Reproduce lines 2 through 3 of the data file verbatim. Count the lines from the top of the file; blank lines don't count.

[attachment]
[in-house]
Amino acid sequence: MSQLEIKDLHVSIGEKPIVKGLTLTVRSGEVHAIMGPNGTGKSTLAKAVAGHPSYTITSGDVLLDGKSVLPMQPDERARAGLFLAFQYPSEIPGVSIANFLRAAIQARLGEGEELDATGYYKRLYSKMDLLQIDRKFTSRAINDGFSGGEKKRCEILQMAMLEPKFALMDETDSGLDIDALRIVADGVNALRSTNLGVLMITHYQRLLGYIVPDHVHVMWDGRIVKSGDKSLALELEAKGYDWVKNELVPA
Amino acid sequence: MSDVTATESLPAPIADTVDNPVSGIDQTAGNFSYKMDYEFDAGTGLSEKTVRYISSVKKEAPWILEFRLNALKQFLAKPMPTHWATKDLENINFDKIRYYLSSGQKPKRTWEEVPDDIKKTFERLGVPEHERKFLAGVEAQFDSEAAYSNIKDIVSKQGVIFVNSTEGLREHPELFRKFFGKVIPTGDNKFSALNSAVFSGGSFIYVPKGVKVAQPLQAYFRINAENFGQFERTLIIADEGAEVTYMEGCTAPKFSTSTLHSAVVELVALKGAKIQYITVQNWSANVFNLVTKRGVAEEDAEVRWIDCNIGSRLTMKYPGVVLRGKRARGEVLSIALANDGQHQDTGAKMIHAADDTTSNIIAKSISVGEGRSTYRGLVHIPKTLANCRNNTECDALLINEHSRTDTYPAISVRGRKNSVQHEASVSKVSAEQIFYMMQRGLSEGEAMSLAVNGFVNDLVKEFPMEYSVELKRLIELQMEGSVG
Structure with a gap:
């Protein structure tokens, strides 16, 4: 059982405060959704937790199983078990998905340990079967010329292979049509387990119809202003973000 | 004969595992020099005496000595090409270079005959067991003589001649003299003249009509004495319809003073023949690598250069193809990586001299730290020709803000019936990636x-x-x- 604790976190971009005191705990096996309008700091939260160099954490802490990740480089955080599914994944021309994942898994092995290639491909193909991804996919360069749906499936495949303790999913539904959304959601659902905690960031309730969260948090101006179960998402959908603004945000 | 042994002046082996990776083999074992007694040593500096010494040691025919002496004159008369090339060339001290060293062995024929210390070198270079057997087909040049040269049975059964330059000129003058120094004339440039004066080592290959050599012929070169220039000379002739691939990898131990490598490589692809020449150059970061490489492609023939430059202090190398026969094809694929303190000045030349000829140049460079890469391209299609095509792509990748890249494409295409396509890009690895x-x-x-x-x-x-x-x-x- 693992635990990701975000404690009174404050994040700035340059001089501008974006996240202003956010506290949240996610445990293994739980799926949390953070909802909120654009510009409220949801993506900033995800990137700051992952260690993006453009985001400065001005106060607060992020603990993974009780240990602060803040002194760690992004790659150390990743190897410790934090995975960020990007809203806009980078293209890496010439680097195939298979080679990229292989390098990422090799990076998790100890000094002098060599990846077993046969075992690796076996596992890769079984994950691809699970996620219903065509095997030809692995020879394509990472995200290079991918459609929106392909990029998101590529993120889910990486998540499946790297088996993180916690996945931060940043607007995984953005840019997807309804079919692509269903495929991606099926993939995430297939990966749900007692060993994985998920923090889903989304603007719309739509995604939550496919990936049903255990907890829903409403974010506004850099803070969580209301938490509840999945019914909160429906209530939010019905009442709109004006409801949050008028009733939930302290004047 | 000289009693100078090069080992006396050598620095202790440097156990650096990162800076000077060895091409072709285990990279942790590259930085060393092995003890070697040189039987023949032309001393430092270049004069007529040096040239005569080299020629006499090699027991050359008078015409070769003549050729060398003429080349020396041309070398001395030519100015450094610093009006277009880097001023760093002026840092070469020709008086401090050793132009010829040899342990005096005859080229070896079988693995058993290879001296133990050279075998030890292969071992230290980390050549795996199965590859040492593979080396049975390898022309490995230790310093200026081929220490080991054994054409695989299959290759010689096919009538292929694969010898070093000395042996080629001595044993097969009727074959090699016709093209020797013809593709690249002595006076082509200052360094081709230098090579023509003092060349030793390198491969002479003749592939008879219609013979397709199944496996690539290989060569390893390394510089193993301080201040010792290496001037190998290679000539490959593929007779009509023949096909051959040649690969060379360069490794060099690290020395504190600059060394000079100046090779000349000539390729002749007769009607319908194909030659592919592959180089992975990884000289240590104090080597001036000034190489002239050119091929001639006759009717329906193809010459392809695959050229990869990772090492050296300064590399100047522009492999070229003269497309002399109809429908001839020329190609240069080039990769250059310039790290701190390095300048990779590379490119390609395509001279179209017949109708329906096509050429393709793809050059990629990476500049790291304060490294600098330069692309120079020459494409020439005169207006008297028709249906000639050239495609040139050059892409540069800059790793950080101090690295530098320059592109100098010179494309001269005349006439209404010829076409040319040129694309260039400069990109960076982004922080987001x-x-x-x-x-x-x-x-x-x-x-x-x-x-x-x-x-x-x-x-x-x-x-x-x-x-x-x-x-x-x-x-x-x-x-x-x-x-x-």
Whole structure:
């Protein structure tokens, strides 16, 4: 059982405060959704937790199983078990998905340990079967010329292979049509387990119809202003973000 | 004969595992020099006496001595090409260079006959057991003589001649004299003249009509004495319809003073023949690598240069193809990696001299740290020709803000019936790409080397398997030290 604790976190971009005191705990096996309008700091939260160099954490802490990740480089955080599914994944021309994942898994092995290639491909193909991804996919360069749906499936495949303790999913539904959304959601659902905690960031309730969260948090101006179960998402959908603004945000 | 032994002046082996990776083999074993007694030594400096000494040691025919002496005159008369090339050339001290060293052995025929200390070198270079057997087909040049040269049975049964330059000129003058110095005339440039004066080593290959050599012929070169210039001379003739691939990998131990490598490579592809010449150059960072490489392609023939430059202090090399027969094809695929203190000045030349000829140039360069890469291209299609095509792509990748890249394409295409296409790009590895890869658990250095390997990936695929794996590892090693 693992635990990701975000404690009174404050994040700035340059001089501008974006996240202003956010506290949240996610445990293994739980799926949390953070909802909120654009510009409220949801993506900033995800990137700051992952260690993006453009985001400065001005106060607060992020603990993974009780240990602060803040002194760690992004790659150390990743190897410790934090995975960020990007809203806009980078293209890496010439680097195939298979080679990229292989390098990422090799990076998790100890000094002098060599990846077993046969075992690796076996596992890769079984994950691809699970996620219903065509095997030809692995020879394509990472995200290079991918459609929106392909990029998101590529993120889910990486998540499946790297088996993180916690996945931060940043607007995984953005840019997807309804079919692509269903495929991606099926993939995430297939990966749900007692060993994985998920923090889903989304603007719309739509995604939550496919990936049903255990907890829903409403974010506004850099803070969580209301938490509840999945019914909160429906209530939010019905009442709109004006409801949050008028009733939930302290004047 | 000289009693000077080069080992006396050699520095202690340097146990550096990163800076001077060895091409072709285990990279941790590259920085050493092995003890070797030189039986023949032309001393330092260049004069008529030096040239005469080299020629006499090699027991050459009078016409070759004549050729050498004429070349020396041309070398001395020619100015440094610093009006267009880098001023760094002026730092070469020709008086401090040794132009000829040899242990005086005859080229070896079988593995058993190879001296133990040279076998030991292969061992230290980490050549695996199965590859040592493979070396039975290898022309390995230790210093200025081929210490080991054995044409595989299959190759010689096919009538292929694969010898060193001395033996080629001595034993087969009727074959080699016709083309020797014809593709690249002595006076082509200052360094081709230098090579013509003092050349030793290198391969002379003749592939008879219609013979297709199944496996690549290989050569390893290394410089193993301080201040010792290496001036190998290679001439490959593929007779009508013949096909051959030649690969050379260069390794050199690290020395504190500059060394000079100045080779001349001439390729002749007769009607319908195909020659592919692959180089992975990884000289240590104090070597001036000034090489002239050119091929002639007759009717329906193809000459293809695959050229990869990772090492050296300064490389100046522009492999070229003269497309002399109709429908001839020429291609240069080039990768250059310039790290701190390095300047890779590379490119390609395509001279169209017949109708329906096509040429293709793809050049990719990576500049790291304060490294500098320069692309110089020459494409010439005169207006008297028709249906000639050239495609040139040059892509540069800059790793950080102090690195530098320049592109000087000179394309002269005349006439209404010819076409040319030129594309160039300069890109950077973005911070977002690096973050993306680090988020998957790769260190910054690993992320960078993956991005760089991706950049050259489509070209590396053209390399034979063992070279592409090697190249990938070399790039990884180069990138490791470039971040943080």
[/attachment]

Amino acid sequence: MSQLEIKDLHVSIGEKPIVKGLTLTVRSGEVHAIMGPNGTGKSTLAKAVAGHPSYTITSGDVLLDGKSVLPMQPDERARAGLFLAFQYPSEIPGVSIANFLRAAIQARLGEGEELDATGYYKRLYSKMDLLQIDRKFTSRAINDGFSGGEKKRCEILQMAMLEPKFALMDETDSGLDIDALRIVADGVNALRSTNLGVLMITHYQRLLGYIVPDHVHVMWDGRIVKSGDKSLALELEAKGYDWVKNELVPA
Amino acid sequence: MSDVTATESLPAPIADTVDNPVSGIDQTAGNFSYKMDYEFDAGTGLSEKTVRYISSVKKEAPWILEFRLNALKQFLAKPMPTHWATKDLENINFDKIRYYLSSGQKPKRTWEEVPDDIKKTFERLGVPEHERKFLAGVEAQFDSEAAYSNIKDIVSKQGVIFVNSTEGLREHPELFRKFFGKVIPTGDNKFSALNSAVFSGGSFIYVPKGVKVAQPLQAYFRINAENFGQFERTLIIADEGAEVTYMEGCTAPKFSTSTLHSAVVELVALKGAKIQYITVQNWSANVFNLVTKRGVAEEDAEVRWIDCNIGSRLTMKYPGVVLRGKRARGEVLSIALANDGQHQDTGAKMIHAADDTTSNIIAKSISVGEGRSTYRGLVHIPKTLANCRNNTECDALLINEHSRTDTYPAISVRGRKNSVQHEASVSKVSAEQIFYMMQRGLSEGEAMSLAVNGFVNDLVKEFPMEYSVELKRLIELQMEGSVG